because missionaries had been forbidden to live inside the city. Fanny traveled daily by pony or by boat the four miles into the city to see her patients. She dressed wounds, dispensed medicine, performed surgical operations, read, prayed, and talked to the suffering about the great Healer, the Lord Jesus.

The government was finally persuaded that Fanny only meant good and they let her have some land for a dispensary, a hospital, and a mission house. Fanny had a longing to build a women’s hospital but no funds. God graciously provided the money.

About this time an English woman named Mrs. Isabella Bird Bishop was traveling in India. Even while traveling in the East as a child, Isabella’s heart was saddened by the intense poverty of the women in India. She longed to be used of God to serve them.

When she grew up Isabella married a Scottish doctor named Dr. John Bishop. After only a few years of married life she became a widow. She again traveled to the East. In 1888 she visited Srinagar and there she met Dr. Fanny Butler. She found out that Dr. Fanny Butler was a pioneer woman doctor serving many thousands of poor women, but she had no hospital. Isabella generously gave the money for the building of the hospital. It was named in memory of her husband – the John Bishop Memorial Hospital.

Dr. Fanny was just as concerned for the spiritual well being of her patients as their physical health. One by one she took many of them to an upper room to talk to them about Christ.

Thinking of how Dr. Fanny served the poor a helper later wrote, “I make my way with difficulty up stairs to receive my instructions from the brave presiding genius of the place, the doctor, Miss Sahib. Here she is, sitting at the table, with a little collection of poor sufferers at her feet. They will look up in her face, with clasped hands, and say, ‘We heard your fame, and have come far, far;’ and again the words come back, ‘I have compassion on the multitudes, … for divers of them came from far.’” Truly Fanny showed the love of Christ to the Indian people.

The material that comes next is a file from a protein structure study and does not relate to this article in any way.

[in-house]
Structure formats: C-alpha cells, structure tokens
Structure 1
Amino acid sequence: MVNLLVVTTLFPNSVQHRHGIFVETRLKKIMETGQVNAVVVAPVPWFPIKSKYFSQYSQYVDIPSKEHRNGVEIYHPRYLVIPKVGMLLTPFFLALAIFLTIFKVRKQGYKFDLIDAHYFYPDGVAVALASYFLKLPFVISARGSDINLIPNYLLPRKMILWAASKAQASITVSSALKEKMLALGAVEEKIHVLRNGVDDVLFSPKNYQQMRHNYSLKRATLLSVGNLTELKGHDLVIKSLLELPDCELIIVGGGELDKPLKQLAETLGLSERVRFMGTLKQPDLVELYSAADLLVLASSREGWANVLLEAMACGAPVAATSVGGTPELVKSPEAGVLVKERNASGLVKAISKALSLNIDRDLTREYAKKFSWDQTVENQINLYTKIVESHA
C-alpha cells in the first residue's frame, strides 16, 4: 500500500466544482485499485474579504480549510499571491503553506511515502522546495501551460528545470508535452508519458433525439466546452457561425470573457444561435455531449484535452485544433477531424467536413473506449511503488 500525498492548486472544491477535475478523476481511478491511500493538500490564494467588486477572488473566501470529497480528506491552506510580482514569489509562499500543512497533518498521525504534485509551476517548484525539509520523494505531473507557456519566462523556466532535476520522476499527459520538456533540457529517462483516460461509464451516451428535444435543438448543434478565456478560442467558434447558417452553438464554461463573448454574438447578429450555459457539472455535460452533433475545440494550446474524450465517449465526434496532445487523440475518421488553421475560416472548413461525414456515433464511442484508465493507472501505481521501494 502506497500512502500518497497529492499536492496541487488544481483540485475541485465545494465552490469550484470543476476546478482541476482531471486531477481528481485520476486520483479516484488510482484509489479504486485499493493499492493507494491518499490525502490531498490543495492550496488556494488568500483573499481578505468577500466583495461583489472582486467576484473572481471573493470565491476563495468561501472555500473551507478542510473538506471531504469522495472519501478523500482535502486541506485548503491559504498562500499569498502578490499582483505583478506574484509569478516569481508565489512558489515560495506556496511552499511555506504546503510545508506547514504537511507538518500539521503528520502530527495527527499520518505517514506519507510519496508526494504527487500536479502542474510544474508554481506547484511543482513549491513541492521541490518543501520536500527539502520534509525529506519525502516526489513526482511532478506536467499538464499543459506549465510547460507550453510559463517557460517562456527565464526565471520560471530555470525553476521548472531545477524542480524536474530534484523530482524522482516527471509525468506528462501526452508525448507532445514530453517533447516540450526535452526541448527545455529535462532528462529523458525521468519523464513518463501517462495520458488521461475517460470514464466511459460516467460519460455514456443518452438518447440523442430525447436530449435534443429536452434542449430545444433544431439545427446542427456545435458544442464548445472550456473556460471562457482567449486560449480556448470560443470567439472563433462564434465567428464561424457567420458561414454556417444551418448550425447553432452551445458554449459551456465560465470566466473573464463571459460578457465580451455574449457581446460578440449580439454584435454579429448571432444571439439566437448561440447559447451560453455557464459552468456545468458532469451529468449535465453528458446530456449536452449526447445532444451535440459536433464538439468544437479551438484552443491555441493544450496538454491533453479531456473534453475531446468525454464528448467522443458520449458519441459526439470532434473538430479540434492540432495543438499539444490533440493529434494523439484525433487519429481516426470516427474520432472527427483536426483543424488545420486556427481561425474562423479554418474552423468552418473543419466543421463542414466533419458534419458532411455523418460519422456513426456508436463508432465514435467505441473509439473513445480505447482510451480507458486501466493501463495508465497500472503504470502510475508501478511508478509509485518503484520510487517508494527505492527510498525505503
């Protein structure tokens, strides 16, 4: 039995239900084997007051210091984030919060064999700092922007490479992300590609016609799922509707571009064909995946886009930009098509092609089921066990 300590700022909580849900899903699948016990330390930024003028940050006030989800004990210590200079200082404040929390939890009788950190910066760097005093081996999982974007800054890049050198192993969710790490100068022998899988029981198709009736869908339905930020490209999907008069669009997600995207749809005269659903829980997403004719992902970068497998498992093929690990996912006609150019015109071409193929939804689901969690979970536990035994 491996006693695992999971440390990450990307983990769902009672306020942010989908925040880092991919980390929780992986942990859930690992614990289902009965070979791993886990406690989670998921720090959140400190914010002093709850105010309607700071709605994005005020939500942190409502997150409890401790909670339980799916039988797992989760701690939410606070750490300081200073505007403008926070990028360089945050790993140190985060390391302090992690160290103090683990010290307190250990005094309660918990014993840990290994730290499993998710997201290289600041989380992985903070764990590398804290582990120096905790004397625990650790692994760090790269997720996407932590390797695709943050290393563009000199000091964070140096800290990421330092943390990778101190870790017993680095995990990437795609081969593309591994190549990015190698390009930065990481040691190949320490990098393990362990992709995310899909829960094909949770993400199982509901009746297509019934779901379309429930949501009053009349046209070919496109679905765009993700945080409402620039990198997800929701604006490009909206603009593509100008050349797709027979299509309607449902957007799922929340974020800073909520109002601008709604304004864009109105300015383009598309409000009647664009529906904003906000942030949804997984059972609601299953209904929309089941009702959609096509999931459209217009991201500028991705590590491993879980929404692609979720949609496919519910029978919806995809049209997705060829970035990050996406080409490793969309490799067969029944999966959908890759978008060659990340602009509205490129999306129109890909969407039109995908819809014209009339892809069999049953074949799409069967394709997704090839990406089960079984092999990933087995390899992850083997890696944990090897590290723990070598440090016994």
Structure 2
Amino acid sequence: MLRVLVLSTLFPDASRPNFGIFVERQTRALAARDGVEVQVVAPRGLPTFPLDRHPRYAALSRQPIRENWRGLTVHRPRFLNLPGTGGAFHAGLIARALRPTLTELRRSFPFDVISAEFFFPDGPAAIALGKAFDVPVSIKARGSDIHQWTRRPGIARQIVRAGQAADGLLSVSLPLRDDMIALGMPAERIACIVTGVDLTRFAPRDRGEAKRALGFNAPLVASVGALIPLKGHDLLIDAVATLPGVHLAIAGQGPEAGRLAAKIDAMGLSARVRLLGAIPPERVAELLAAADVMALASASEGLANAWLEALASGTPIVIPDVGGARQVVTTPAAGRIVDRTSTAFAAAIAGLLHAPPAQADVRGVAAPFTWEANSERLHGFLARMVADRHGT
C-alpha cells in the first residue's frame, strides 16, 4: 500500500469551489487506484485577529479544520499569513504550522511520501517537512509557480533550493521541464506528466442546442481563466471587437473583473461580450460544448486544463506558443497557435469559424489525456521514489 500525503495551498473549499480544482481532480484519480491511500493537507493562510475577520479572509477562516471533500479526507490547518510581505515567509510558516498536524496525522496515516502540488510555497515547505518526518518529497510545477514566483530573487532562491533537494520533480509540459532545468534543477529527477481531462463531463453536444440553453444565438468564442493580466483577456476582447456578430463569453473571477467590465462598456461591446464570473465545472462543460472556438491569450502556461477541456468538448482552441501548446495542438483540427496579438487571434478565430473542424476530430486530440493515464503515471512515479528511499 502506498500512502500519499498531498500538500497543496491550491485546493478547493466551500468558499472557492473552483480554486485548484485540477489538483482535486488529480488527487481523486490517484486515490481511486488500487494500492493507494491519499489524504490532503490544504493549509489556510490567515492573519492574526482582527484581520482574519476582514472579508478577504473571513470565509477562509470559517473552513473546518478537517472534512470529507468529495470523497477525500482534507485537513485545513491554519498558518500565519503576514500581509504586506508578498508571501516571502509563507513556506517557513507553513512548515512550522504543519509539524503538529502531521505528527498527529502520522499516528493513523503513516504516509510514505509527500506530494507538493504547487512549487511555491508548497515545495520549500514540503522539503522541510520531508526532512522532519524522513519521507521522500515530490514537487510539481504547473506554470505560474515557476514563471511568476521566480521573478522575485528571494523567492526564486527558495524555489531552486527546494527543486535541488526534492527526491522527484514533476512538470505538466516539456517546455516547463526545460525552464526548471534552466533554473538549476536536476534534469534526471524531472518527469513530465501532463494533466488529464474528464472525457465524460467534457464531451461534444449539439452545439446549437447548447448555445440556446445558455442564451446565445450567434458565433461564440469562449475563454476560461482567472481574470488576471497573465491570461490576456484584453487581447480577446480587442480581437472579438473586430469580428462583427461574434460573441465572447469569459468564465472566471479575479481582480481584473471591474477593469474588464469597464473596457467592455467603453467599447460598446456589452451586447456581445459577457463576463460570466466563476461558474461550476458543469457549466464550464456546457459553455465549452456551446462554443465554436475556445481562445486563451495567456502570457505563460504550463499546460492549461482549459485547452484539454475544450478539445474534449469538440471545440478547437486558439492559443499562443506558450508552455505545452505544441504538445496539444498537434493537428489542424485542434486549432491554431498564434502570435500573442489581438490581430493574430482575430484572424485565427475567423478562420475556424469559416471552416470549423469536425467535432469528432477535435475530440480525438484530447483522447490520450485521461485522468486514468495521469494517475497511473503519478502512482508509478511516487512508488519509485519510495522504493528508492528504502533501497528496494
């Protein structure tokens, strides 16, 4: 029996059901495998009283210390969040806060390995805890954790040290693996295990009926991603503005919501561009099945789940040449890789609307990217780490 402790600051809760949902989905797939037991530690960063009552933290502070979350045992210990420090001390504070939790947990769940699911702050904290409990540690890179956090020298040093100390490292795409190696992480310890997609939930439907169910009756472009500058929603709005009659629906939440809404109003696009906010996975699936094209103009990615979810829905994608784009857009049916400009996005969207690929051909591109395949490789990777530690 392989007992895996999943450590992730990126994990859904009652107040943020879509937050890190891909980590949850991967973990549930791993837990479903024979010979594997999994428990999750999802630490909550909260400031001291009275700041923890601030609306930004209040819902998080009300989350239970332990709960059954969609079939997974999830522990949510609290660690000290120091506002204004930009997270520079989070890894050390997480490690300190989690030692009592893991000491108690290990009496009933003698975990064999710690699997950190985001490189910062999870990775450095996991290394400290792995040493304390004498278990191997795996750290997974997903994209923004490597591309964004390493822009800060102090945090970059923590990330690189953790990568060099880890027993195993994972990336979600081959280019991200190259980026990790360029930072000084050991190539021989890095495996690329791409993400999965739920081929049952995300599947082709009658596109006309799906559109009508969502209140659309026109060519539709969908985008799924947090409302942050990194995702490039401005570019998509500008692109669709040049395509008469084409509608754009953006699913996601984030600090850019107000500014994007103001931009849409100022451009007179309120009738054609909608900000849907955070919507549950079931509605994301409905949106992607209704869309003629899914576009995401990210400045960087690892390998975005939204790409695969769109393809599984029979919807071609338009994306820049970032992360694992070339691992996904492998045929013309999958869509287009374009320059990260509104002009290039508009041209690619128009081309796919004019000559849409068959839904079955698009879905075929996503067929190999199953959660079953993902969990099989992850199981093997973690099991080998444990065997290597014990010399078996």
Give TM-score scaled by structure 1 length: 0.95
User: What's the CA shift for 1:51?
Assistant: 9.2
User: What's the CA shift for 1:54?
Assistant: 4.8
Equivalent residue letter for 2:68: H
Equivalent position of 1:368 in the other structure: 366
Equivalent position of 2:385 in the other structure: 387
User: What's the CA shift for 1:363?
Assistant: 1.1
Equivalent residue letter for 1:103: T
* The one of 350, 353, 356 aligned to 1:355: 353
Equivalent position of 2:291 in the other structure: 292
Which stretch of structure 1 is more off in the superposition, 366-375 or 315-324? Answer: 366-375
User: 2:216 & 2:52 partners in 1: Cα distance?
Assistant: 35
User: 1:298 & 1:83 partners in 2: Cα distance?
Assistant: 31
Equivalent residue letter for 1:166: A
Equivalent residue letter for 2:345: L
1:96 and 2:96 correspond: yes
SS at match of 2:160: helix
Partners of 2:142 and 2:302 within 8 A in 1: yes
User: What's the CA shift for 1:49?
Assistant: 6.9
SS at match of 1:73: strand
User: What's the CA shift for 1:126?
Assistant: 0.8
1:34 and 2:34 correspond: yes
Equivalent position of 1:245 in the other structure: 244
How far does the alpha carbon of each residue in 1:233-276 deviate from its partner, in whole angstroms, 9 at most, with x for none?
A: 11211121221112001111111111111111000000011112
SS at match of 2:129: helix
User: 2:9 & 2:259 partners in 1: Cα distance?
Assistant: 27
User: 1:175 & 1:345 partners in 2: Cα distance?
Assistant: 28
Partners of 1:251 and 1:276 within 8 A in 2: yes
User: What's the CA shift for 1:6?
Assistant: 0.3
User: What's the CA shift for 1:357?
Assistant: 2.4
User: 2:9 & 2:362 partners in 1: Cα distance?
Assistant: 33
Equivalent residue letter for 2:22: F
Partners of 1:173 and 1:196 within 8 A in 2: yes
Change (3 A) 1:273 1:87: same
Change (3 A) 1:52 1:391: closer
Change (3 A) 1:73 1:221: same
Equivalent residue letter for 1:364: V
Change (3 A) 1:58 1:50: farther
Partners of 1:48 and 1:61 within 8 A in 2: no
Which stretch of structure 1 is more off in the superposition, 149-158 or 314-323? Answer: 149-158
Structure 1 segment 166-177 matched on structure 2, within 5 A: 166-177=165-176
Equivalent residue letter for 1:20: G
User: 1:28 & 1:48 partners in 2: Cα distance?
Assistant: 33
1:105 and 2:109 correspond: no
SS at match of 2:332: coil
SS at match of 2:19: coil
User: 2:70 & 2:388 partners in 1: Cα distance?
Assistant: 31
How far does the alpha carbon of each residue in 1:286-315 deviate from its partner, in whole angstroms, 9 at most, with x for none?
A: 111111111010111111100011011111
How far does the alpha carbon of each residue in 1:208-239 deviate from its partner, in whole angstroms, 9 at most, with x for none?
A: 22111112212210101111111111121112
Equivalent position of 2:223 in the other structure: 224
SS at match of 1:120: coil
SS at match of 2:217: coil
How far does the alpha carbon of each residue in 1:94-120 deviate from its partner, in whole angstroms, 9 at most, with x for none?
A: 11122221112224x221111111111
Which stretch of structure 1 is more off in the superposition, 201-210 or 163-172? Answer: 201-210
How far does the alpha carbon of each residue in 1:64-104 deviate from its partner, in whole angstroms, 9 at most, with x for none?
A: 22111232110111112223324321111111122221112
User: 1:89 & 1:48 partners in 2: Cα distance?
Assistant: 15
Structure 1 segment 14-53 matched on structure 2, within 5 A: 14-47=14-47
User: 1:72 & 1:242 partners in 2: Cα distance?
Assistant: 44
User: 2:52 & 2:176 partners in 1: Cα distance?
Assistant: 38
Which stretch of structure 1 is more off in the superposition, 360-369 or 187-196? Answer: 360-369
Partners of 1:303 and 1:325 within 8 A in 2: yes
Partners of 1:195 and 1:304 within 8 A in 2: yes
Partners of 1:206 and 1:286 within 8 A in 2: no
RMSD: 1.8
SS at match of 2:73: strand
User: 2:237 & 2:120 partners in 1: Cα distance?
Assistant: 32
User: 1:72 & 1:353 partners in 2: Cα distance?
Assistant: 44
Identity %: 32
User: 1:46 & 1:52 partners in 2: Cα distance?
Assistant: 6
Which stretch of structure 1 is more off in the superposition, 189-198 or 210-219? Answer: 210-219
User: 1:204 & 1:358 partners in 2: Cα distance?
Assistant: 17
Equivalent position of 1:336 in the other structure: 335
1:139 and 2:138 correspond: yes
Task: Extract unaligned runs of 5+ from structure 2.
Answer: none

Constantly pressed from all sides for help the strain became too much. Fanny Butler burned herself out for the love of Christ and the Indian people. In the summer of 1889 she fell so ill that she was unable to do her work. When she recovered she went right back to work because she could not turn down the thousands of women and children begging for medicine.

By the fall Fanny was suffering so much that she was unable to attend the ceremony where they laid the foundation stone for the new women’s hospital. She continued to grow worse. Her mind remained clear and her last thought was for the work that she loved. Her dying wish was that her post might be speedily filled.

Dr. Fanny finally succumbed to dysentery on October 26, 1889. She was buried in a cemetery in Srinagar. The natives insisted on bearing her coffin to her grave. “They had eaten her salt, and no other arms must bear her.” Many people came to show their respect for this woman who had given her all to help the poor and downtrodden.

women dr's IndiaFanny Butler left a blessed legacy for both Indian and international women. She was the first to provide medical care for many women in India. She inspired many women to join the movement for education for women, especially medical education. Even though Fanny did not live to see the John Bishop Memorial hospital completed, she is credited with its creation. The John Bishop Memorial Hospital still exists today, although in a different location. A few years after it was built the hospital was destroyed in a disastrous flood and it was rebuilt in Anantnag. (At left is a modern picture of the women doctors at the John Bishop Memorial Hospital in Anantnag.)

Dr. Fanny Butler is remembered today for her care in treating Indian women both medically and spiritually. The London School of Medicine for Women established a scholarship in her honor after her death.

She rests from her labors; and her works do follow her.